No One Cares for a Turkey More Than the Turkey Farmer!
Turkeys are not raised in cages, instead they roam freely around the barns. Modern turkey barns are scientifically designed and environmentally controlled to provide maximum protection from predators, disease and bad weather. Research has shown that to mistreat a turkey would be economically detrimental to the grower.
Healthy Birds are Our Top Priority.
All turkeys are both steroid and hormone free. No hormones have been approved for use in turkeys. FDA approved antibiotics are used at times to help suppress microorganisms, prevent disease and ensure that consumers receive a healthy product. A withdrawal period is required after antibiotics are given before the turkey can be sent to market. This ensures that no substances remain in the body of the turkey that may come into contact with the consumer.
Turkeys Eat a Balanced Diet of Corn and Soybean meal.
The Corn and Soybean Meal is mixed with a supplement of vitamins and minerals. Fresh water is available at all times. On average it takes 75-80 pounds of feed to raise a 30-pound turkey. The hen usually takes 14 weeks and weighs 15.3 pounds when processed. The tom takes 18 weeks to reach a market weight of 33 pounds.
**While the video is playing, use your mouse to drag the video around while it’s playing!!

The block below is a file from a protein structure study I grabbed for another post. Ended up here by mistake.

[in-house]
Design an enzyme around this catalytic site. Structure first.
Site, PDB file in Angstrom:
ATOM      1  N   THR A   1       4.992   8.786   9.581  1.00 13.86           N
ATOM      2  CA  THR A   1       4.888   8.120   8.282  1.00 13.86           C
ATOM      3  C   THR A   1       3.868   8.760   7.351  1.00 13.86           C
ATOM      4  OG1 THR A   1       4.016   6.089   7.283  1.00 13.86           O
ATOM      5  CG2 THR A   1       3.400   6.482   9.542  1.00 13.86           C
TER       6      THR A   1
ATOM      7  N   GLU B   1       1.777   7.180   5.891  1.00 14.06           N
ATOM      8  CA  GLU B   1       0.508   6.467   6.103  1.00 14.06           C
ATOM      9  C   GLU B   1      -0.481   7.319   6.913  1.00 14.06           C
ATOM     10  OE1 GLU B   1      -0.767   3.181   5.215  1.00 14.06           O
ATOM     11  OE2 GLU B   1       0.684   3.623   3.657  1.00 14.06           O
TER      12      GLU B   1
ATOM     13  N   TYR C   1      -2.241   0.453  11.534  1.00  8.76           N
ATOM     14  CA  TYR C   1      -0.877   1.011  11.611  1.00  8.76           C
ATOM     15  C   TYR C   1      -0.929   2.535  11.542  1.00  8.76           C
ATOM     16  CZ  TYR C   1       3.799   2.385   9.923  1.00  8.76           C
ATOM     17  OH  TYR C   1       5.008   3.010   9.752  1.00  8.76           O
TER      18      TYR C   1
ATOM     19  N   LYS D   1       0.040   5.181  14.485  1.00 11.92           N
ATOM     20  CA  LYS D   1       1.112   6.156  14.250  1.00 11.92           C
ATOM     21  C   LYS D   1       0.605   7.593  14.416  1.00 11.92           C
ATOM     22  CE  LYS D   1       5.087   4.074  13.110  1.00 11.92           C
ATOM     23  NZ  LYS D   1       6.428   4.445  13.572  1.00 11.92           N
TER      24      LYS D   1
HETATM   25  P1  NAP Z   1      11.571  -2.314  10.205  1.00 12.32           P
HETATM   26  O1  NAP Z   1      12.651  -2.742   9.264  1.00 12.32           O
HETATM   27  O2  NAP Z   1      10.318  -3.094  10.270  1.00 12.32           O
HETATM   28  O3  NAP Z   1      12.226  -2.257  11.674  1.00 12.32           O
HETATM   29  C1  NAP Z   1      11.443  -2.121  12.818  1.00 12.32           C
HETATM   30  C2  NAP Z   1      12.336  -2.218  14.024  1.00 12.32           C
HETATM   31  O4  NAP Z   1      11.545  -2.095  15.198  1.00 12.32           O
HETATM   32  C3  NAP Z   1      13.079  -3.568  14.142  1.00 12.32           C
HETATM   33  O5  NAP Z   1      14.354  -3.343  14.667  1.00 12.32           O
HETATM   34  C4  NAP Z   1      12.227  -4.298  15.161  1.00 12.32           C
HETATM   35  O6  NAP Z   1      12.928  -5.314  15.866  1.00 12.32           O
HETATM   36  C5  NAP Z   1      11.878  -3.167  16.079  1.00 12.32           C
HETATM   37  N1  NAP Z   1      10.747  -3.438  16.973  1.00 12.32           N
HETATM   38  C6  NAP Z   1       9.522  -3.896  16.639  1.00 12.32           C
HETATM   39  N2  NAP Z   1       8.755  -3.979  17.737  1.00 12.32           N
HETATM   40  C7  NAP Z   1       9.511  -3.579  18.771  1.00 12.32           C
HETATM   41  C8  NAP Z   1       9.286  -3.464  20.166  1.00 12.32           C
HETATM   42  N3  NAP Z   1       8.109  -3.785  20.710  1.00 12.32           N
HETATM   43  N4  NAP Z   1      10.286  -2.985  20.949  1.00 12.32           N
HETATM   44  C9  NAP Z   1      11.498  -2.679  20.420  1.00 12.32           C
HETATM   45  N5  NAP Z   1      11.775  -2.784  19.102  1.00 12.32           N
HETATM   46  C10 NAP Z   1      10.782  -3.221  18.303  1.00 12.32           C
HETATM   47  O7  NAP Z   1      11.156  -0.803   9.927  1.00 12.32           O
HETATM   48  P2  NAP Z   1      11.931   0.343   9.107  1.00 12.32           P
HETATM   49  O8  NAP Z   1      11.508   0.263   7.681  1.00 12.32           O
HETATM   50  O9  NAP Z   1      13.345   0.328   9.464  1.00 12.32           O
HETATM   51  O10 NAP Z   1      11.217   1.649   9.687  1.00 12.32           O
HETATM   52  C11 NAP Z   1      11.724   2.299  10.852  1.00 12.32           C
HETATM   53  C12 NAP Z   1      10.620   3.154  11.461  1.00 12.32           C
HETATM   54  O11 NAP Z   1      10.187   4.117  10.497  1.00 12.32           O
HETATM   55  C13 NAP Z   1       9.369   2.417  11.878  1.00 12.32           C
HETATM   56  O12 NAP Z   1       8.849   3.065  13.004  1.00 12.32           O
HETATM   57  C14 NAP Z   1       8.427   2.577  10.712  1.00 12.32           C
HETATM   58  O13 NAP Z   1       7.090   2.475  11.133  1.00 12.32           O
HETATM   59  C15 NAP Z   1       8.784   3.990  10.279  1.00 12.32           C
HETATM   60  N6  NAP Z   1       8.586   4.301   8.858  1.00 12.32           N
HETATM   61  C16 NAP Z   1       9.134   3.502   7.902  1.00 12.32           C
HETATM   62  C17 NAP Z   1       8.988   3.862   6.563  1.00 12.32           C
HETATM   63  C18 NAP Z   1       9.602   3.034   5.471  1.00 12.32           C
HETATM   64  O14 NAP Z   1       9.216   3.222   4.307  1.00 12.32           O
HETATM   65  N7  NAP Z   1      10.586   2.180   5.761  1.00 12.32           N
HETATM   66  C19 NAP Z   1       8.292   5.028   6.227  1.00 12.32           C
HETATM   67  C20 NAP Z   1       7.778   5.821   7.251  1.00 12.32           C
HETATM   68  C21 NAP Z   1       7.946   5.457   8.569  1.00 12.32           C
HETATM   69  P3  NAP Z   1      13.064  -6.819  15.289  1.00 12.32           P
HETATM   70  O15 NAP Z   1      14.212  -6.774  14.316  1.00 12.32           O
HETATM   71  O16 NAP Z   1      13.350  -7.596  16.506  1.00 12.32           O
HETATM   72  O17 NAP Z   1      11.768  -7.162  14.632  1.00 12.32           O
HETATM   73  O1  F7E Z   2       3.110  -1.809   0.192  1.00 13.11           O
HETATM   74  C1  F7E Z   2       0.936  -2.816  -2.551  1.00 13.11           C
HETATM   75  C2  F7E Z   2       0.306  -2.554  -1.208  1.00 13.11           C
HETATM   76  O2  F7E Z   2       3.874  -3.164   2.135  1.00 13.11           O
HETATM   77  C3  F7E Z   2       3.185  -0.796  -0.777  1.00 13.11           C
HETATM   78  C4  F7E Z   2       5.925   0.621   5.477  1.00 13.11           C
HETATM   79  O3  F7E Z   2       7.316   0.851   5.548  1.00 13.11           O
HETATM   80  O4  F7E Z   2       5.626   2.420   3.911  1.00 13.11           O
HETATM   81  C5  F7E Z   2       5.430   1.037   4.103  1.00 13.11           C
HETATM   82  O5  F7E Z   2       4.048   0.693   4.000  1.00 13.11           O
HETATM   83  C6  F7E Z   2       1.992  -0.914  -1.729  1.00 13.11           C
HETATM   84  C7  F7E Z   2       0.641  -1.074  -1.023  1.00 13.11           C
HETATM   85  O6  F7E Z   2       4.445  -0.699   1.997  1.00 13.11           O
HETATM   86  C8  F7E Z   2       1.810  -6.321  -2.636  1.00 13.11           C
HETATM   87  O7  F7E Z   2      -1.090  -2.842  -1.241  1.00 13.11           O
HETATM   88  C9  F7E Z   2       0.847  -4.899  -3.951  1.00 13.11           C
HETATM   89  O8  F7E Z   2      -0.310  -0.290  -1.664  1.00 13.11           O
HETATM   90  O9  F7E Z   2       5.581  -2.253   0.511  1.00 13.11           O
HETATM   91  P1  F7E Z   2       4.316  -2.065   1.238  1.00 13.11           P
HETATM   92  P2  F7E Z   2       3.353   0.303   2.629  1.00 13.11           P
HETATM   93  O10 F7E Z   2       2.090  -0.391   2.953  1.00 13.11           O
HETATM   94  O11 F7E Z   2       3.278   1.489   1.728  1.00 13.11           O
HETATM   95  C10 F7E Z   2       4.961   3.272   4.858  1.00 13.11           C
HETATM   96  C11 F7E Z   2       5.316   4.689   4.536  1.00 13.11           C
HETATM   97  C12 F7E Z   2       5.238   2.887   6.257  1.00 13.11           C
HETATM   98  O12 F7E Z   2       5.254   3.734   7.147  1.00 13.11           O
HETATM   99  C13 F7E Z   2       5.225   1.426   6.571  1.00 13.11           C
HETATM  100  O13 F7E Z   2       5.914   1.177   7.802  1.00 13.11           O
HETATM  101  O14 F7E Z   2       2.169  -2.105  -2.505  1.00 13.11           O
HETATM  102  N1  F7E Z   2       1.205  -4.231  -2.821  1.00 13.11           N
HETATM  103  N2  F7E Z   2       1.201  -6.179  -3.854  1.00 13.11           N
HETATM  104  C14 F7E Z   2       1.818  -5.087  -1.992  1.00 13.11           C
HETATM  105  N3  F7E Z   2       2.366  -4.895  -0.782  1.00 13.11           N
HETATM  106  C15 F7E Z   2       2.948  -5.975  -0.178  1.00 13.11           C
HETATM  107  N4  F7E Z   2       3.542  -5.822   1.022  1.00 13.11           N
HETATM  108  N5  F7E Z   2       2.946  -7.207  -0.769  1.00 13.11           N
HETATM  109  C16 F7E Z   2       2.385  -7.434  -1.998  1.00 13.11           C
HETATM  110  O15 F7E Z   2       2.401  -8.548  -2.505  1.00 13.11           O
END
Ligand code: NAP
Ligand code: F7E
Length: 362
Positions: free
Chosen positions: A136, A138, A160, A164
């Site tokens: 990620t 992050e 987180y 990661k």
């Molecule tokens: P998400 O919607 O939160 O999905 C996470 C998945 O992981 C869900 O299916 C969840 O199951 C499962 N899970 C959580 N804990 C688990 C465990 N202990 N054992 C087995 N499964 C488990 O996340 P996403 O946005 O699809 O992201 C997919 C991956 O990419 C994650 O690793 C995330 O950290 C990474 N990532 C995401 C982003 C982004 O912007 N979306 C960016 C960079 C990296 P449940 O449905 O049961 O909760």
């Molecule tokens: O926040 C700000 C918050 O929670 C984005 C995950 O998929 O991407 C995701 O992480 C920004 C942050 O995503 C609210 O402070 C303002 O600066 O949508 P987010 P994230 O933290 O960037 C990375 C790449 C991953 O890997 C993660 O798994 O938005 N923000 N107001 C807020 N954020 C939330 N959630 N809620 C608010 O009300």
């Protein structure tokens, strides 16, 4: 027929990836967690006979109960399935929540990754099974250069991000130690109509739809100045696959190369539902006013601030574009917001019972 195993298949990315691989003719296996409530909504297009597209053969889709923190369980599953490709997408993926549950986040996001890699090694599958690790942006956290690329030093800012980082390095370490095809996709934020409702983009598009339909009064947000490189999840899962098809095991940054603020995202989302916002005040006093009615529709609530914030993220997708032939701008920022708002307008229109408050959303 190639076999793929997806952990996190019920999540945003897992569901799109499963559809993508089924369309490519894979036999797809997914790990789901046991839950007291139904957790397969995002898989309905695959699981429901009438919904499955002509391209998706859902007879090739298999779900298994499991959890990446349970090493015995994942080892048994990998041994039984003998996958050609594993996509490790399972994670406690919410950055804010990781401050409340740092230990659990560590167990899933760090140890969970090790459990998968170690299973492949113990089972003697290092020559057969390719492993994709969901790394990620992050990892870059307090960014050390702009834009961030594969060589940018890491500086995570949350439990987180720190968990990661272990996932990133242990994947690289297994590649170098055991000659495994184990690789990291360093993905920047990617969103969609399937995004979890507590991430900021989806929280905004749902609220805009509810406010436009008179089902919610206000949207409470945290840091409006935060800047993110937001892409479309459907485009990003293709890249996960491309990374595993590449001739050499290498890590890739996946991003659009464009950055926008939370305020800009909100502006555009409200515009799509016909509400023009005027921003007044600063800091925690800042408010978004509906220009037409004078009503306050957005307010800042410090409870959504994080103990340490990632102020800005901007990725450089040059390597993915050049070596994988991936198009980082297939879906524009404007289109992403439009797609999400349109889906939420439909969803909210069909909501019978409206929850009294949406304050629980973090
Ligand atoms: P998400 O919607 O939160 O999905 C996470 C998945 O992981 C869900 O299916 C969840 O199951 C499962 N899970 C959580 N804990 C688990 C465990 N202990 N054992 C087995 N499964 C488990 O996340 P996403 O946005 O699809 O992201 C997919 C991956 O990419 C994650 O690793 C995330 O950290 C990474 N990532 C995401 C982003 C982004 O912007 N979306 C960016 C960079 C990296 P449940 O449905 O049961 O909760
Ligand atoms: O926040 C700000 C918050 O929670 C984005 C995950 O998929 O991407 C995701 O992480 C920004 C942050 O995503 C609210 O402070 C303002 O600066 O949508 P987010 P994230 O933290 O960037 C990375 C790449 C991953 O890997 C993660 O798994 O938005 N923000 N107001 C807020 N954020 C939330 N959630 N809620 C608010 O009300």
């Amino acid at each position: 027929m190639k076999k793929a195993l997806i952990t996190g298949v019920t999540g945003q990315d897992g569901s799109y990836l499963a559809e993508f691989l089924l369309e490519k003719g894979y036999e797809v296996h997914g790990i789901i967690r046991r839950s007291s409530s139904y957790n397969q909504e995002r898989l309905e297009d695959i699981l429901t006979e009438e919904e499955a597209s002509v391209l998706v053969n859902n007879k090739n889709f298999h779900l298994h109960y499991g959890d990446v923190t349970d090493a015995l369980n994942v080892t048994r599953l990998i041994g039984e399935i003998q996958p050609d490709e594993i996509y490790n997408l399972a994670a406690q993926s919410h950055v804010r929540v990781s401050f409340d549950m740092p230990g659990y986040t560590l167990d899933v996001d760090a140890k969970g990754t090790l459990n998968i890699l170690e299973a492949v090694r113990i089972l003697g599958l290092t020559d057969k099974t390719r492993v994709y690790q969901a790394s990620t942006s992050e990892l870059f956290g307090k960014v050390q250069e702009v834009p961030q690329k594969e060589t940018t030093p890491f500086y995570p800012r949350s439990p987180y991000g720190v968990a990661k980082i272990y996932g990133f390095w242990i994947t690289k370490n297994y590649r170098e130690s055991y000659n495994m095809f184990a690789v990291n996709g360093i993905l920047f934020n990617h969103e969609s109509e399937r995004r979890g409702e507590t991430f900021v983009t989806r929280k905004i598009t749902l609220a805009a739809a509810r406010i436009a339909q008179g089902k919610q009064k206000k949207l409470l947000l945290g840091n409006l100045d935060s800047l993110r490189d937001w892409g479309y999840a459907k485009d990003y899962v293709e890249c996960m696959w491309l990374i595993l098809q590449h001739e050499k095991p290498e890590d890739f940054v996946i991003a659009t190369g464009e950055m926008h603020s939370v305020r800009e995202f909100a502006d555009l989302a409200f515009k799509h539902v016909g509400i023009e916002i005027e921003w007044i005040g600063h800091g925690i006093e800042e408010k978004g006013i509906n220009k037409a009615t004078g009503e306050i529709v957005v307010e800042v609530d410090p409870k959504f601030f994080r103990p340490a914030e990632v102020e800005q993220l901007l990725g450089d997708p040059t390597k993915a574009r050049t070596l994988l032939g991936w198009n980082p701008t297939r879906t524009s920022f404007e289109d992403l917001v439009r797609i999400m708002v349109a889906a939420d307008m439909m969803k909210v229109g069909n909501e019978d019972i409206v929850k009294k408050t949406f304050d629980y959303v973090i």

USPOULTRY's 360-Degree Virtual Reality Turkey Farm Video Tour
Visit a turkey farm without even stepping outside! The U.S. Poultry & Egg Association (USPOULTRY) recently released a 360° virtual reality video giving viewers an inside look at how turkeys are raised, and the careful measures farmers take as they grow. The virtual reality video allows a panoramic view of the farm by using arrows to look up, down, side-to-side, front and back from the original starting point. This is a great resource for the public to see just how turkey operations function and the meticulous care that goes into growing healthy birds.
Q: What breed of turkeys do farmers raise?
A: The most common breed of turkey that commercial farmers raise is called the "Broad Breasted White." This breed of turkey has all white feathers. To read more about Broad Breasted White Turkeys CLICK HERE.
Q: How many turkeys are produced in Indiana?
A: In 2015 Indiana produced 19.3 million turkeys. Indiana is currently the fourth largest producer of turkey in the United States. This may seem like a lot of turkeys, but the top producing state (Minnesota) produces more than twice that amount of turkeys in a year. About 235 million turkeys were raised in the USA in 2015.
Q: What do call a baby turkey?
A: A baby turkey is called a poult. A male turkey is called a tom. A female turkey is called a hen. Did you know that only tom turkeys gobble. Hen turkeys make a clicking noise.
GROWING UP TURKEY - Learn how the Hoosier Turkey Industry cares for their birds.
TURKEY TALK FOR KIDS - Perfect for kids wanting to learn a little about turkeys in Indiana. Flyer includes a word search, match the picture with its name game and a turkey to color.
SMALL FLOCK TURKEY PRODUCTION - The Indiana State Poultry Association has information on turkeys raised by small flock enthusiasts.